I unearthed this great (if rather pompous!) quote at the New York Public Library while on a research trip to America last year. It’s my great-great uncle, Louis Cartier, talking to the press in 1927 at the time of the Paris International Fair about how his idea to experiment with non-precious metals had transformed the whole jewellery industry.
“The thick settings of gold and silver known since time immemorial were like the armour of jewellery..” he explained, “..Platinum became its embroidery.”
It’s easy to take the use of platinum in jewelry for granted nowadays but back then it was an industrial metal used in machinery rather than tiaras!
Louis was attracted to the metal after seeing how light and shiny it looked on a vehicle (unlike silver, it didn’t tarnish). He wanted to try it out in his jewellery but there was a problem – he couldn’t work out how to convert it into a support for precious stones.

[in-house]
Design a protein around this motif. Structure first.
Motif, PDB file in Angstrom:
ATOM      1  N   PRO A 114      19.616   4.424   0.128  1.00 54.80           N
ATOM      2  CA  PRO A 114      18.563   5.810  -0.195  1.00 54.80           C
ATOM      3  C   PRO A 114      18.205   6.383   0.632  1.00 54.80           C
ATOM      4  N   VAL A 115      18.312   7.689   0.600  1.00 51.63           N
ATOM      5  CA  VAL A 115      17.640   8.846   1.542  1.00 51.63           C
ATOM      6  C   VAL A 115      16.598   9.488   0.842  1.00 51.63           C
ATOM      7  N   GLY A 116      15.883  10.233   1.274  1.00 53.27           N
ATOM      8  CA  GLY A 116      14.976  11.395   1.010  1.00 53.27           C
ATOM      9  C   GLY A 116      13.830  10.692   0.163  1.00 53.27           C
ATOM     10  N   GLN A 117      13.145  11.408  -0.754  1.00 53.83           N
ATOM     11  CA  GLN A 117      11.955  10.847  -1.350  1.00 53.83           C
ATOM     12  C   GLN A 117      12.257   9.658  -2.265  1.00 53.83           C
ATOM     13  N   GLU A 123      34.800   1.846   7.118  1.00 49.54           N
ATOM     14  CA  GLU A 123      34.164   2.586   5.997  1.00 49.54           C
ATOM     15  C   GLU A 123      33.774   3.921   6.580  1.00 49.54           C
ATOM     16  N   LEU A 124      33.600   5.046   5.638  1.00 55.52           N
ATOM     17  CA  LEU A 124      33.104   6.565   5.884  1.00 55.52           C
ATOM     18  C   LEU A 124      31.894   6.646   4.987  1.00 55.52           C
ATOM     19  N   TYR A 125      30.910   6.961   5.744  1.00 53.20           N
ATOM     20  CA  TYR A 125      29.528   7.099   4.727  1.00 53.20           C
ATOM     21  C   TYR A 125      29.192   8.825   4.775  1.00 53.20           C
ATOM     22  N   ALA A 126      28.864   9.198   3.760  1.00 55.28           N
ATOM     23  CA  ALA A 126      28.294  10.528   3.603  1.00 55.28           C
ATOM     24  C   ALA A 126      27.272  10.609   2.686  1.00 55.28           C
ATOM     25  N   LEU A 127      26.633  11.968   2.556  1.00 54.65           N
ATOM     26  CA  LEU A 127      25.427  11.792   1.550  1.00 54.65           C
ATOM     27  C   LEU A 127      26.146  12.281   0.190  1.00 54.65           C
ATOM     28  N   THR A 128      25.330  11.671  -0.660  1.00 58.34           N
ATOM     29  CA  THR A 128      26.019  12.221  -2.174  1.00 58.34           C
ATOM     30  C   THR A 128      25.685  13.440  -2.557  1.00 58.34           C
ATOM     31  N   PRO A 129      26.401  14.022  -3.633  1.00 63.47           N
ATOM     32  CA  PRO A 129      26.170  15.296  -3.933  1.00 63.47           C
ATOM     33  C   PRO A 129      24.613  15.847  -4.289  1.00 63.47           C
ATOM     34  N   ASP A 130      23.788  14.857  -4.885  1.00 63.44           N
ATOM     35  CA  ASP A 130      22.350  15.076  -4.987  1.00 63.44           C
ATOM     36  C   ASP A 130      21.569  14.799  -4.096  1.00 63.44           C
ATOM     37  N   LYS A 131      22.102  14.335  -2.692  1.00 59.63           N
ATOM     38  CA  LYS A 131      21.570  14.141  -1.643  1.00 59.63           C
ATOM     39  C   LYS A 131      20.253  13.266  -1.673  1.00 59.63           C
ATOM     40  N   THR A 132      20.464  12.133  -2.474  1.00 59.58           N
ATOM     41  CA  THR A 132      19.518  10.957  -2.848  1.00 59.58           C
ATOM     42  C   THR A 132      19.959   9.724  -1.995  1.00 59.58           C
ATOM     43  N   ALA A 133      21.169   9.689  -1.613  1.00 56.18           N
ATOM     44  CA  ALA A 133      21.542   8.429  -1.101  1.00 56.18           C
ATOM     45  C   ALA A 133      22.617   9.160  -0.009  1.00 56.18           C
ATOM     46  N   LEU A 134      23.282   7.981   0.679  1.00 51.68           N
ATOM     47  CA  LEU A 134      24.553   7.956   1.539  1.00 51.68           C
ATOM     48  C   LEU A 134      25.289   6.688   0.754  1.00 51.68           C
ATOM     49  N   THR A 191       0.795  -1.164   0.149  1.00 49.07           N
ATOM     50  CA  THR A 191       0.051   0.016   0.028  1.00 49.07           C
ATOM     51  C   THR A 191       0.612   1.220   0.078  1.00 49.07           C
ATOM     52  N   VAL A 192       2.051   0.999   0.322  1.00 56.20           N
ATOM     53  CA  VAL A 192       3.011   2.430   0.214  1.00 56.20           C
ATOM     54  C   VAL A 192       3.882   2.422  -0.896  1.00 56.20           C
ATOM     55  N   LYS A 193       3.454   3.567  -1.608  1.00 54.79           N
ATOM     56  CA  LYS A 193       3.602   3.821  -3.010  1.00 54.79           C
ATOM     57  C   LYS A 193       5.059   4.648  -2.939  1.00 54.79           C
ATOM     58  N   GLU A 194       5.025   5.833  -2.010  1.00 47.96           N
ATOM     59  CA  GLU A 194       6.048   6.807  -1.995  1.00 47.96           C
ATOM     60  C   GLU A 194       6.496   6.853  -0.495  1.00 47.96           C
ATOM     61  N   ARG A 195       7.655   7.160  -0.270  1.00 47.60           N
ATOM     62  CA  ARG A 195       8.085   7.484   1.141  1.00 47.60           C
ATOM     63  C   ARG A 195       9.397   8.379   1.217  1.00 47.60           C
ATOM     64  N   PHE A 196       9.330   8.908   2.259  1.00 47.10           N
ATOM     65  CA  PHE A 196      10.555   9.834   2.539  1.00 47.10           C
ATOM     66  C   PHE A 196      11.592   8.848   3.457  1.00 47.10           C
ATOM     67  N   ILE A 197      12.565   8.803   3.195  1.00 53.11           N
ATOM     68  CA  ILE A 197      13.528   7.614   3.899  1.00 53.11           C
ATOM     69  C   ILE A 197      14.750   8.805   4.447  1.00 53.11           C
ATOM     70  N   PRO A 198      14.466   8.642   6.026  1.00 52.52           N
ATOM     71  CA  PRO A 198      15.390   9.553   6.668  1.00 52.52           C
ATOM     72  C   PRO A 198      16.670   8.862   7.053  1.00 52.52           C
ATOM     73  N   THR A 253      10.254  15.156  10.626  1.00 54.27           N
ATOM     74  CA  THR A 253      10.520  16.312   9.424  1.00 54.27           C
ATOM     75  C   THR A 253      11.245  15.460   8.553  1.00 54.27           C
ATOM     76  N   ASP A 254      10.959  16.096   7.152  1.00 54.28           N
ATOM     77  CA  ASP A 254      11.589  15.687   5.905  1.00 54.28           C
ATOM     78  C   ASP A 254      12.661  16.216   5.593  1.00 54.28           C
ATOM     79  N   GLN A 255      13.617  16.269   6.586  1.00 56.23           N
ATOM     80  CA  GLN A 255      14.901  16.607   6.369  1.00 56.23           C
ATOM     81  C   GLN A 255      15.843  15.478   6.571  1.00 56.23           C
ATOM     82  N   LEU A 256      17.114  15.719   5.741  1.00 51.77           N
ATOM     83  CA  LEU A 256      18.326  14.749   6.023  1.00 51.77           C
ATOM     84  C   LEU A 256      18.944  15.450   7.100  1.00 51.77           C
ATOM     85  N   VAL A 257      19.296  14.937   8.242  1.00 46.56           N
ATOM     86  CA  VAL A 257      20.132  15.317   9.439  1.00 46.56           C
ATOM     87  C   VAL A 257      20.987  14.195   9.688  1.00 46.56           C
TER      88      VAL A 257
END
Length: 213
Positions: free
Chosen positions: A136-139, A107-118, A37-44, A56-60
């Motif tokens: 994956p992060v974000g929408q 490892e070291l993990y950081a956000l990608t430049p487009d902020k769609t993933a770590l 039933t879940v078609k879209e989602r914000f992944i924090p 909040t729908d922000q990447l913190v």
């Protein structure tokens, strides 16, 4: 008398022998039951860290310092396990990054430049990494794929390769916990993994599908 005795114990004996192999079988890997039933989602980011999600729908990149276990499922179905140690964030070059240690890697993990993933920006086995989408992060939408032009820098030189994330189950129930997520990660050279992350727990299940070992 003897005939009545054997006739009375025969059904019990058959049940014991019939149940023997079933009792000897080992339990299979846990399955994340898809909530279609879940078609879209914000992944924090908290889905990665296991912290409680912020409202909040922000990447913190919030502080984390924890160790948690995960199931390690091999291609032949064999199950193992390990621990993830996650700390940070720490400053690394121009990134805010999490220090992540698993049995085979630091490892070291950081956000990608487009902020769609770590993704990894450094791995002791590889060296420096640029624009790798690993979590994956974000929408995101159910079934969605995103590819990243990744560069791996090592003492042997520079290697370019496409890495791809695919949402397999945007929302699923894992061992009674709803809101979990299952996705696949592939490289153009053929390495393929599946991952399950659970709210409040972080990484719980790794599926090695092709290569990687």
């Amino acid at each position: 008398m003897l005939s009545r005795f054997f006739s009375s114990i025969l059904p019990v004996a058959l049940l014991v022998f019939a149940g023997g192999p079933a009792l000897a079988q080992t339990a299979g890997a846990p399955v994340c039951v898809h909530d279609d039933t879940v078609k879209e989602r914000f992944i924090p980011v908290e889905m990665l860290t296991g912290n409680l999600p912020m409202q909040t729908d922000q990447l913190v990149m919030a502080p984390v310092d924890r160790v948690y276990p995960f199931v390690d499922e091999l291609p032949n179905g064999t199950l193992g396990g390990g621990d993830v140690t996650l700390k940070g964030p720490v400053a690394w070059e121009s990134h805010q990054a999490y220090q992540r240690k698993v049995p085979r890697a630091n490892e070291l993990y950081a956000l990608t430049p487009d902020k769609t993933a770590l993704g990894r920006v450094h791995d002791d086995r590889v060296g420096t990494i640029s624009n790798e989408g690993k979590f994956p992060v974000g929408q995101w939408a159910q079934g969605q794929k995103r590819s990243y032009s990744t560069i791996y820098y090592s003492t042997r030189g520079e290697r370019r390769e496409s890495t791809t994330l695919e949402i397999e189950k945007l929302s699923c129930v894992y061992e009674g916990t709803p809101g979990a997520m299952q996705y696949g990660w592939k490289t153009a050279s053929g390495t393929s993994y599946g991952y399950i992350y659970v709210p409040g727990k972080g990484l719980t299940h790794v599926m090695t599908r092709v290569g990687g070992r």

Refusing to give up on his idea, he experimented by mixing it with other metals (like iridium) until, in 1896, Cartier finally came up with a form of hard platinum. It was – crucially – strong enough to hold gemstones in place and light enough not to detract from them.
This garland-style tiara/bandeau is a perfect example of Cartier’s early use of platinum. It was made in 1912 for Queen Elisabeth of Belgium (who actually later became related to Cartier by marriage when her son married my grandmother’s sister!).
Louis loved how the lightness and strength of the metal allowed him to create an almost lace-like effect where the diamonds appeared to float in air. Magical.
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